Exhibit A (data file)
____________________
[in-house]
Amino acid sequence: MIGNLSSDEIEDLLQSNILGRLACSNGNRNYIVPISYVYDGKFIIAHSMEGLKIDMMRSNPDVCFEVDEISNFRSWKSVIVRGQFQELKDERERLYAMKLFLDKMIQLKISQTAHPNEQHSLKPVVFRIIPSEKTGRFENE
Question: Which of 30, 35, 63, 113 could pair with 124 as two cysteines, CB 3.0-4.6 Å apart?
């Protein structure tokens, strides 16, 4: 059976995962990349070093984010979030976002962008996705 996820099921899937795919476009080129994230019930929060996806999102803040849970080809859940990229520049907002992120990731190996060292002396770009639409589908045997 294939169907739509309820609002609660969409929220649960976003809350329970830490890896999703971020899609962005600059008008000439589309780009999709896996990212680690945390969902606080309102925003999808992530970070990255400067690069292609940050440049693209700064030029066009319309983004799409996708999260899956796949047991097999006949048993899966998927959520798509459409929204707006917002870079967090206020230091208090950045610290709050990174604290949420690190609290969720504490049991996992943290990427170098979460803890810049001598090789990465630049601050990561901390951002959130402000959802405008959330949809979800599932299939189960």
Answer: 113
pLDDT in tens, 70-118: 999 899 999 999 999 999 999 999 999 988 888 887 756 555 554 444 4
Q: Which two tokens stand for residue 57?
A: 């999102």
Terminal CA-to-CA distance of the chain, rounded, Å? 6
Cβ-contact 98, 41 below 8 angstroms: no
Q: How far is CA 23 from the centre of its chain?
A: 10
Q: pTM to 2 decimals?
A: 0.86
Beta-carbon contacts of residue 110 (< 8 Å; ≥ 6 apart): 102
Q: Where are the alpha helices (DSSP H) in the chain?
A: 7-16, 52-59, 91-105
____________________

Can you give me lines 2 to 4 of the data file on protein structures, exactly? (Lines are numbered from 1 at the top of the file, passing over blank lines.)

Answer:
Amino acid sequence: MIGNLSSDEIEDLLQSNILGRLACSNGNRNYIVPISYVYDGKFIIAHSMEGLKIDMMRSNPDVCFEVDEISNFRSWKSVIVRGQFQELKDERERLYAMKLFLDKMIQLKISQTAHPNEQHSLKPVVFRIIPSEKTGRFENE
Question: Which of 30, 35, 63, 113 could pair with 124 as two cysteines, CB 3.0-4.6 Å apart?
């Protein structure tokens, strides 16, 4: 059976995962990349070093984010979030976002962008996705 996820099921899937795919476009080129994230019930929060996806999102803040849970080809859940990229520049907002992120990731190996060292002396770009639409589908045997 294939169907739509309820609002609660969409929220649960976003809350329970830490890896999703971020899609962005600059008008000439589309780009999709896996990212680690945390969902606080309102925003999808992530970070990255400067690069292609940050440049693209700064030029066009319309983004799409996708999260899956796949047991097999006949048993899966998927959520798509459409929204707006917002870079967090206020230091208090950045610290709050990174604290949420690190609290969720504490049991996992943290990427170098979460803890810049001598090789990465630049601050990561901390951002959130402000959802405008959330949809979800599932299939189960």